The Public Utility Commission and the Office of the Governor Friday hosted a “Black Sky” tabletop exercise, bringing together key stakeholders in government, utilities and nonprofit organizations to discuss state-level response to large-scale, hazardous events.
Gov. Tom Wolf attended the event and addressed the more than 130 participants, representing state and federal government agencies; neighboring state utility commissions; military and law enforcement agencies; utility companies; emergency-response organizations; and nonprofit organizations.
“Many organizations test emergency plans, but rarely do they prepare for a multi-faceted incident quite like a Black Sky event,” said Gov. Wolf in his opening remarks. “Such an event would have an extraordinary impact on our society, causing power and service outages that could last days, weeks, even months.
“By being here today, all of you are preparing to minimize the impact of such an event and recover as quickly as possible. You are all doing your part to protect the citizens of Pennsylvania.”
PUC Chairman Gladys M. Brown said, “I assure you – we are all where we need to be right now. By the time you leave here today, you will better understand how crucial it is that we all collaborate in our preparation for a ‘Black Sky’ event. We cannot underscore enough the importance of coordinated preparation – this event today may, in fact, be unprecedented.”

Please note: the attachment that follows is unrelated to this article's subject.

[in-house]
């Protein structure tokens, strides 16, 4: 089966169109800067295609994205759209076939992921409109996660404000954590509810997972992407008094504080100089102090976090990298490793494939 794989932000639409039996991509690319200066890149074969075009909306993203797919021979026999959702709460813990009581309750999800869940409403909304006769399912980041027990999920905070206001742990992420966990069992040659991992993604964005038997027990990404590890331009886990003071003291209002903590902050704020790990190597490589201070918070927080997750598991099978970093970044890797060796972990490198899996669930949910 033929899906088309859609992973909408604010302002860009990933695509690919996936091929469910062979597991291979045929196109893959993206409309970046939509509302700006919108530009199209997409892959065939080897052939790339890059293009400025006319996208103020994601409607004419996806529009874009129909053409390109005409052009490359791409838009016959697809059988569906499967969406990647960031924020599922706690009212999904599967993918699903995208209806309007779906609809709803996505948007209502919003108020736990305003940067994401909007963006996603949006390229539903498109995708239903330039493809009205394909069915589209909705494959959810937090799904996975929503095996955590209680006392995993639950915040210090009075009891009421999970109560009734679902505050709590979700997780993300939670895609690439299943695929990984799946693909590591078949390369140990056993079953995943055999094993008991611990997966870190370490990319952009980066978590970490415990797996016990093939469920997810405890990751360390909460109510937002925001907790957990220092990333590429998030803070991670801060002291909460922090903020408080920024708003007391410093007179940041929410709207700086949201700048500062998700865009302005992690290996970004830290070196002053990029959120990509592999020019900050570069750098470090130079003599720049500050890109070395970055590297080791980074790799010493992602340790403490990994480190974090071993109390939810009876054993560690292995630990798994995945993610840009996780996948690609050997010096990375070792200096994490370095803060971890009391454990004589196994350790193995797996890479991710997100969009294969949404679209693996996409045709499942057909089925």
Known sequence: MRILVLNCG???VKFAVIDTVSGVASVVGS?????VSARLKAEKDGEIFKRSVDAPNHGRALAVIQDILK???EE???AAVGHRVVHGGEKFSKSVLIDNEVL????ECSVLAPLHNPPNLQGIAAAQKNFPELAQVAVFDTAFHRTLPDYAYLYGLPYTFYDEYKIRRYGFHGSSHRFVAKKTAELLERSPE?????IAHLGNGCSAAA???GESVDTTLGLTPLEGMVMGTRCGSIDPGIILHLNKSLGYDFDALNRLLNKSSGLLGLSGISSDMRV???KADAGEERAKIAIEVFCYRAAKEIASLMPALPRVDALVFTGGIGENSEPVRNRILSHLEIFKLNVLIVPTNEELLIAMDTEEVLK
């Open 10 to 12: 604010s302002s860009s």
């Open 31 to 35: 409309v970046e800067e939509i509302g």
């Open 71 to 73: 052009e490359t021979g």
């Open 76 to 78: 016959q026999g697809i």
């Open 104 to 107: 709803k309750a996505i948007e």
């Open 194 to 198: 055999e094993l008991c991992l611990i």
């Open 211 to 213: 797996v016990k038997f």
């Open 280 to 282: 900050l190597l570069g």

A Black Sky event is defined as an extraordinary, hazardous event producing power outages of a large, regional scale that last significantly longer than typical weather or operational outages.
Such a scenario could impact electricity, natural gas, water, wastewater treatment, telecommunications and transportation service. It could be caused by a cybersecurity attack on the electric grid, severe weather or even the detonation of a nuclear or high-energy explosive device.
The exercise, developed and led by the Electric Infrastructure Security Council, entailed a full-day training in Hearing Room 1 of the Commonwealth Keystone Building in Harrisburg.
Due to the sensitive and confidential nature of the material covered, the event was closed to media and the public.
Jonathon Monken of the EIS Council led participants through the interactive event, joined by colleagues Avi Schnurr, John Twitchell and Kelly Cullinane, as well as Dr. Pina Templeton of the Templeton Foundation. Monken and the EIS Council plan to mimic today’s event across other states.“Exercises like today’s are the key to reducing the impact of future disasters on people and property, and Pennsylvania is a national leader in proactively addressing these critical challenges before they occur,” said Monken. “Most importantly, it takes the collective work of government, private sector and not-for-profit organizations to recover from Black Sky hazards – and all those sectors are represented here today.”